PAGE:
Highlighting the deteriorating situation in Myanmar, the UN Emergency Relief Coordinator has said there are now more than 3 million people in the country who need life-saving humanitarian aid because of growing conflict and insecurity, COVID-19 and a failing economy.
"Without an end to violence and a peaceful resolution of Myanmar's crisis, this number will only rise," said Martin Griffiths, Under-Secretary-General for Humanitarian Affairs and Emergency Relief Coordinator.
Since the February 1 armed forces takeover, hundreds of thousands of people have been forced to flee their homes due to violence across the country, and 223,000 people remain internally displaced. This includes 165,000 in the south-east of the country and is on top of a significant population of people who were already displaced in Rakhine, Chin, Shan and Kachin states prior to the takeover, Griffiths said.
"Long-term displacement remains unresolved, with 144,000 Rohingya people still confined to camps and camp-like settings in Rakhine, many since their displacement in 2012, and more than 105,000 people displaced in Kachin and Shan, many for years," he added.
In recent weeks, the situation in the north-west of the country has become extremely concerning, with an escalation in hostilities between the Myanmar Armed Forces and the Chinland Defence Force in Chin state, and with the People's Defence Forces in Magway and Sagaing regions, the statement said.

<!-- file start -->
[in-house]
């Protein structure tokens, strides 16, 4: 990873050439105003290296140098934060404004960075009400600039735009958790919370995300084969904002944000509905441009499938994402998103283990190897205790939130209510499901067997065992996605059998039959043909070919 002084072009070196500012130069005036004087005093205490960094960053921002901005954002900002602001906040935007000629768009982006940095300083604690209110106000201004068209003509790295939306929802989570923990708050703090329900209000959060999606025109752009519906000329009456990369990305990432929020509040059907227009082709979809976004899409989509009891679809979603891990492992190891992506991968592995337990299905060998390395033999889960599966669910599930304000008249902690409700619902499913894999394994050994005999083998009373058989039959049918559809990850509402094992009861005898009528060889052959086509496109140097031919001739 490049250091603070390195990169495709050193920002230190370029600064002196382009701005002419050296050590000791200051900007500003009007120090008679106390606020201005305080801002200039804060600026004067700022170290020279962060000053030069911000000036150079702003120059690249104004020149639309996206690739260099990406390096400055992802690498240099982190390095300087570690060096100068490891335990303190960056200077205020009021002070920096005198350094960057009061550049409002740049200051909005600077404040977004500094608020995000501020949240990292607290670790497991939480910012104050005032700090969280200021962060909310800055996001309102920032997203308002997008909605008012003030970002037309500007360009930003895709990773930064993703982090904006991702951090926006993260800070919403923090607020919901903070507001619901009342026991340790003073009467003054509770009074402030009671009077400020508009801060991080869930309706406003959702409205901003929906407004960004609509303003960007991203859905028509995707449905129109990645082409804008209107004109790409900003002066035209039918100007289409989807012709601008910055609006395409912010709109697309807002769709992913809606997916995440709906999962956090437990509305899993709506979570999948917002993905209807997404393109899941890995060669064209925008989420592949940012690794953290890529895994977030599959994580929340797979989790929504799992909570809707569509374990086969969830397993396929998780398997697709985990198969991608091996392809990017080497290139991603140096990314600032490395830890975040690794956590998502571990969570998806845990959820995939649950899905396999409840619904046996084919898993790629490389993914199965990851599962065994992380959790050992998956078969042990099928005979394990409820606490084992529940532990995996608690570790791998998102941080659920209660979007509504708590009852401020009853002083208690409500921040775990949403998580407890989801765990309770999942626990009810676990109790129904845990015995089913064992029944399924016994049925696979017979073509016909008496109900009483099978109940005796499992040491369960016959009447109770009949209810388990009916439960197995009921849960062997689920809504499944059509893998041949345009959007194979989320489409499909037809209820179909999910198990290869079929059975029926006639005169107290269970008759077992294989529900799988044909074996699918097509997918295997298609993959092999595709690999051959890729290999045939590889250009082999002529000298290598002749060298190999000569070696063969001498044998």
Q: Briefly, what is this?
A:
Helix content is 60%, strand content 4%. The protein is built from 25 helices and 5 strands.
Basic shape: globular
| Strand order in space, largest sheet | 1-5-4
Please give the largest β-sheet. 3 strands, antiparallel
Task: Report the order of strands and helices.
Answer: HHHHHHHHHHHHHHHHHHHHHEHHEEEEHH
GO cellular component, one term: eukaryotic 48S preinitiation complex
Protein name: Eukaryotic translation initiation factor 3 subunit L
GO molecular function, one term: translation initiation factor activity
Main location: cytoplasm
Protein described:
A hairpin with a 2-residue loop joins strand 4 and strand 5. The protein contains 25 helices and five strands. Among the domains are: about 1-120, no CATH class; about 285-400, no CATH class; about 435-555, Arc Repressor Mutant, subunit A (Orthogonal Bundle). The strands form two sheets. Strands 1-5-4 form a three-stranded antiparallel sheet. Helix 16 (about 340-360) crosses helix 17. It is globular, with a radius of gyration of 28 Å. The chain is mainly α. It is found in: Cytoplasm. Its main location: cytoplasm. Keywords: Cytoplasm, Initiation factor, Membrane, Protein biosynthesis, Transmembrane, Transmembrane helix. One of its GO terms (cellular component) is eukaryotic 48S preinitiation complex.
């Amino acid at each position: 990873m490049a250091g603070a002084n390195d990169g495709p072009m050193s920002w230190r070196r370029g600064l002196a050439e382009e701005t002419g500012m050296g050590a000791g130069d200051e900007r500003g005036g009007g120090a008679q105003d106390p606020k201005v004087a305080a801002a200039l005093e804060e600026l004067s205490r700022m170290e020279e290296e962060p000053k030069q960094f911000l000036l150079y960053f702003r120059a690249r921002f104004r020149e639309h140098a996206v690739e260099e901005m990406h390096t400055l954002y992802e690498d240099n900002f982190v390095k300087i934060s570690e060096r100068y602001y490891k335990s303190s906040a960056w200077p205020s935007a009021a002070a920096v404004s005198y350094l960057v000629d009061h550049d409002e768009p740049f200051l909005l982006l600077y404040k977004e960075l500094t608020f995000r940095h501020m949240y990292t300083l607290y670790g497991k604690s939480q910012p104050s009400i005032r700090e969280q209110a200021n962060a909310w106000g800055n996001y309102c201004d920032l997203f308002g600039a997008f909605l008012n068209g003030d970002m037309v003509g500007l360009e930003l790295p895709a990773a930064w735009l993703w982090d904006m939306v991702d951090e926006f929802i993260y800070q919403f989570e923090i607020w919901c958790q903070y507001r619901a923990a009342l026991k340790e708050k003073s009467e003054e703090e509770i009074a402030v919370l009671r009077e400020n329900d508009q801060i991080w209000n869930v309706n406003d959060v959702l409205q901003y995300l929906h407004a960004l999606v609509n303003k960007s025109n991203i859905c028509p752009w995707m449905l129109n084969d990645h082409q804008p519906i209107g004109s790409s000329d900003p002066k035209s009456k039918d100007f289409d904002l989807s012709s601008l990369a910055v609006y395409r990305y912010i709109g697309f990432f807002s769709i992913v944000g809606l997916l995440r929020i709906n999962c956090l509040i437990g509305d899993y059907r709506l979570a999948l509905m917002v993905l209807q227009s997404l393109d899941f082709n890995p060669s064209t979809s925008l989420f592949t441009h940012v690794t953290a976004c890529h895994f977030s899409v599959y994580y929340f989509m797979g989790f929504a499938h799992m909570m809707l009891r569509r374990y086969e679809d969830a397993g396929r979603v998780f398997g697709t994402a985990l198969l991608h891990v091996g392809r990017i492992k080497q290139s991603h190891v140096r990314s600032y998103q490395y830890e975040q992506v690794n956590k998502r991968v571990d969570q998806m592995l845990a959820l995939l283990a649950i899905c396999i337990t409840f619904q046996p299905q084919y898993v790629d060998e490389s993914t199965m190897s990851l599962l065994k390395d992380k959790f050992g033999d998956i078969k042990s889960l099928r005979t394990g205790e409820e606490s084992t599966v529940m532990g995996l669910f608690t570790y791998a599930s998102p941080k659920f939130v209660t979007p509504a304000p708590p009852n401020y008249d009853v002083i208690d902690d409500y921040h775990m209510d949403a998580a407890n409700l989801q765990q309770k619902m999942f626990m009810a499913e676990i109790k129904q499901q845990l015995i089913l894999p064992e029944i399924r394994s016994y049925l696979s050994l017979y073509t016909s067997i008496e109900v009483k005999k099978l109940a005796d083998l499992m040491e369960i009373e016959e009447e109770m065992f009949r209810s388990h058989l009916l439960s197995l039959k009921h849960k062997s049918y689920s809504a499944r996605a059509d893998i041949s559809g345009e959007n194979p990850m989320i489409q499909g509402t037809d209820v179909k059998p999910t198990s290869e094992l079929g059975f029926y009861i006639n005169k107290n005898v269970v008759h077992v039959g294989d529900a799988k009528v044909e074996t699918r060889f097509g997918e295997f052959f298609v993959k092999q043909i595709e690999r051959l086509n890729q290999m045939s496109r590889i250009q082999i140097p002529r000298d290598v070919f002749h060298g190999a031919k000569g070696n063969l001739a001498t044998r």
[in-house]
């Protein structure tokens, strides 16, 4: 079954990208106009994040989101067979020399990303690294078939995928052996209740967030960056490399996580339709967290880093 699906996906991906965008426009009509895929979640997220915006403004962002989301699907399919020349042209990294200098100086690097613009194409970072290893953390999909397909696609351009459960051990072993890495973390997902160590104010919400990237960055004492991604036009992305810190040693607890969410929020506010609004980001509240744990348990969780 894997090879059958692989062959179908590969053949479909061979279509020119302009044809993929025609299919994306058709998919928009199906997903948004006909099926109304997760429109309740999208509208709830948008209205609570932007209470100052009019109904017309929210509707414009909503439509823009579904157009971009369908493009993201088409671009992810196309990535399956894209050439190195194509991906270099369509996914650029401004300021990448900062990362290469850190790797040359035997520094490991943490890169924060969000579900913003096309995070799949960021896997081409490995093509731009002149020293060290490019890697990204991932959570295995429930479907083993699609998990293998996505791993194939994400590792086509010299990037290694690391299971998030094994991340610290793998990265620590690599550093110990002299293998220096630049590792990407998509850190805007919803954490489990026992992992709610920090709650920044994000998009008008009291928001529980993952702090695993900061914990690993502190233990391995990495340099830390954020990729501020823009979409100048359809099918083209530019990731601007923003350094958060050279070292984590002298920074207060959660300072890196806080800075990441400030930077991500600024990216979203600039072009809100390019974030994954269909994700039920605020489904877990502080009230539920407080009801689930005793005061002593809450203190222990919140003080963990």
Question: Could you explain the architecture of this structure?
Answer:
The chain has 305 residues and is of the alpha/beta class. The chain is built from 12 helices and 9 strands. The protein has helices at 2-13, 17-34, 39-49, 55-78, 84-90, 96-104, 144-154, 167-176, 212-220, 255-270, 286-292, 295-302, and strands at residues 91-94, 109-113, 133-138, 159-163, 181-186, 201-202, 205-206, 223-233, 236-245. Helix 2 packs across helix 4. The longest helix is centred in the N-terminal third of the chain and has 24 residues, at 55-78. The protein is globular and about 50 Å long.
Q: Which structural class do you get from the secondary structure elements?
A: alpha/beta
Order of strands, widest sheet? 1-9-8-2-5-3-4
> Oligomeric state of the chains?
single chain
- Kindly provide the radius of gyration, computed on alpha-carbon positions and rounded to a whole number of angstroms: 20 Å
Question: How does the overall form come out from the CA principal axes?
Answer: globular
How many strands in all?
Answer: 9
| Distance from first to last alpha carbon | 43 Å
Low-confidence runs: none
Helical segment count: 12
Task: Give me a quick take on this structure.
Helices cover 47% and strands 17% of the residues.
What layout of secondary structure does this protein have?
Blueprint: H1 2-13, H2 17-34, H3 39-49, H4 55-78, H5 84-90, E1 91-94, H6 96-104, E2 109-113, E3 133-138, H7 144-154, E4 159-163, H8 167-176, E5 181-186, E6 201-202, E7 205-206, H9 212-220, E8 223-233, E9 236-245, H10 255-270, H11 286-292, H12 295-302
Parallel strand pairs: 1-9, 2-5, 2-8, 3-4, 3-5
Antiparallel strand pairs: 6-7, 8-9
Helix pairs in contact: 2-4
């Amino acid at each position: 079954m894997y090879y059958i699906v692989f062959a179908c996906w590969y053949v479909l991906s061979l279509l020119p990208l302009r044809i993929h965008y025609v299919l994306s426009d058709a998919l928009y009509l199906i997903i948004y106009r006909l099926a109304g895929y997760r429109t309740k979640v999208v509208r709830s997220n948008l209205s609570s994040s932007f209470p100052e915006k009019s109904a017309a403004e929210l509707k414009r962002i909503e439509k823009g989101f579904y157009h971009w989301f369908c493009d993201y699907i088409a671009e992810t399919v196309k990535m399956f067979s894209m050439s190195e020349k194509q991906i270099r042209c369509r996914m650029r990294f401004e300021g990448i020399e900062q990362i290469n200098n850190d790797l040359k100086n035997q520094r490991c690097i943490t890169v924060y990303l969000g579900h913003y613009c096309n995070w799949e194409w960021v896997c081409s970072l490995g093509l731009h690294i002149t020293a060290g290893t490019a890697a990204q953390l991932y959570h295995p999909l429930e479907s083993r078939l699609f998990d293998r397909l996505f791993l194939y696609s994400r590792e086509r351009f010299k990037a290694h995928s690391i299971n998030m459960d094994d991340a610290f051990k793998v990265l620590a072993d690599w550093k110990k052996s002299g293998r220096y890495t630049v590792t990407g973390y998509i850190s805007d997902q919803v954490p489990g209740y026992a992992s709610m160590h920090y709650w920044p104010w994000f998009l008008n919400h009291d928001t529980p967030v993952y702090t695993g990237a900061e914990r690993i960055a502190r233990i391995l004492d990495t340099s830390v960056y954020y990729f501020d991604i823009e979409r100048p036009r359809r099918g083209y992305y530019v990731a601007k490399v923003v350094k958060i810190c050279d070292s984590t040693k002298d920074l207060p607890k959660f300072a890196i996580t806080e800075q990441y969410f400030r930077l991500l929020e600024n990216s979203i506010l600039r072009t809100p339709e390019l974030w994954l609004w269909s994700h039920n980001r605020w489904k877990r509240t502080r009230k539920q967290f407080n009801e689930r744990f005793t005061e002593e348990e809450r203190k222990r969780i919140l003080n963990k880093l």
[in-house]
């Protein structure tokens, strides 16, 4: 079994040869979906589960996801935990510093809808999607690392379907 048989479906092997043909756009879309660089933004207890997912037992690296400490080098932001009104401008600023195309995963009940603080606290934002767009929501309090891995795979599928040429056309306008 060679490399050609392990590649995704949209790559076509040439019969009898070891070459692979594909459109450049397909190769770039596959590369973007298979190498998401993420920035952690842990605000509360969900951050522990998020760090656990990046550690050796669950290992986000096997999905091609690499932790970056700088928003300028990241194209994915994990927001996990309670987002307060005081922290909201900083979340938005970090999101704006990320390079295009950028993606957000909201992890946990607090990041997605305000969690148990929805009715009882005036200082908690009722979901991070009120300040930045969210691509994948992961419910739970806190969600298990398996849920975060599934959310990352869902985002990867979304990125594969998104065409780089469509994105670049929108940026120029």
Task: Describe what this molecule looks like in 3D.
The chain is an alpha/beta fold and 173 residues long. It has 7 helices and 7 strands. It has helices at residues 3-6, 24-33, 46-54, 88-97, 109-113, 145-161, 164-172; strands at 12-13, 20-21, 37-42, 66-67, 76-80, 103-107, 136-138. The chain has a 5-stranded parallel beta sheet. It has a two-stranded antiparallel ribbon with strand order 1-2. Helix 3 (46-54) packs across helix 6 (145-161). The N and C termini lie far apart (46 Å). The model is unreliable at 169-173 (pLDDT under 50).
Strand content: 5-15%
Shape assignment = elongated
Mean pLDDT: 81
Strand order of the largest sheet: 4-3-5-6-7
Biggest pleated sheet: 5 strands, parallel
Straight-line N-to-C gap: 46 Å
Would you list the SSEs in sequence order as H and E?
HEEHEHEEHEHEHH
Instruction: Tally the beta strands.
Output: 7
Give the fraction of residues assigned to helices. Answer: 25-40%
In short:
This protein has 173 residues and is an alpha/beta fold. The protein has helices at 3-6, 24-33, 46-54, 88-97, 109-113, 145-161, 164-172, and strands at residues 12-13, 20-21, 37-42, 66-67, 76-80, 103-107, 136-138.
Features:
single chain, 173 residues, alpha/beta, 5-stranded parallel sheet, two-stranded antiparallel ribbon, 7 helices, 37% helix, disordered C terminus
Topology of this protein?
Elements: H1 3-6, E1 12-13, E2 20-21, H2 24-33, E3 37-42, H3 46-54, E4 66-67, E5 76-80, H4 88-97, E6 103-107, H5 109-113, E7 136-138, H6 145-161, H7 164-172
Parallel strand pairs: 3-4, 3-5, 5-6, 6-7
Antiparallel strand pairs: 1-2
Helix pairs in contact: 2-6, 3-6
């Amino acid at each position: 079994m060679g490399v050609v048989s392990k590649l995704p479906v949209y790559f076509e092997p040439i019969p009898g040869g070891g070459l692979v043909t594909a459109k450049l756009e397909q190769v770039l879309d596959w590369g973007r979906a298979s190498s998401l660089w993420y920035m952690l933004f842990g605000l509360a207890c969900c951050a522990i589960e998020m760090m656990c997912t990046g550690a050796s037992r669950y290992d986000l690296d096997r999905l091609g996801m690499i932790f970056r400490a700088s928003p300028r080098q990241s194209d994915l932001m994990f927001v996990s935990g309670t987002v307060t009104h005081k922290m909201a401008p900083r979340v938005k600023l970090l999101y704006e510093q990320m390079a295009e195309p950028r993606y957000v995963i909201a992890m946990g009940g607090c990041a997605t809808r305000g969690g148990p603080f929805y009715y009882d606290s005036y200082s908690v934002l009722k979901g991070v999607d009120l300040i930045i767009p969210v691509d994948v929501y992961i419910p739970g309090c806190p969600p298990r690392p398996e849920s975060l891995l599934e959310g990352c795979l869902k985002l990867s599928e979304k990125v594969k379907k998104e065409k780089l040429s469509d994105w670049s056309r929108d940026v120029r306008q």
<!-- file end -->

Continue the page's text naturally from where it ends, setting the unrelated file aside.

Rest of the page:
More than 37,000 people, including women and children, have been newly displaced, and more than 160 homes have been burned, including churches and the offices of a humanitarian organization, Griffiths noted.
"Attacks directed against civilians and civilian infrastructure, including humanitarian workers and facilities, are clearly prohibited under international humanitarian law and must stop immediately," he said.
He further called on Myanmar armed forces — and all parties — to facilitate safe, rapid and unimpeded humanitarian access. "Access to many people in desperate need across the country remains extremely limited due to bureaucratic impediments put in place by the armed forces."
The top UN official also urged the international community to fund the humanitarian response for Myanmar by providing USD 385 million amid the deteriorating situation in the country.
"I also call on the international community to fund the response. Less than half of the US$385 million required under the Humanitarian Response Plan and Interim Emergency Response Plan launched after the armed forces' takeover has been received." (ANI)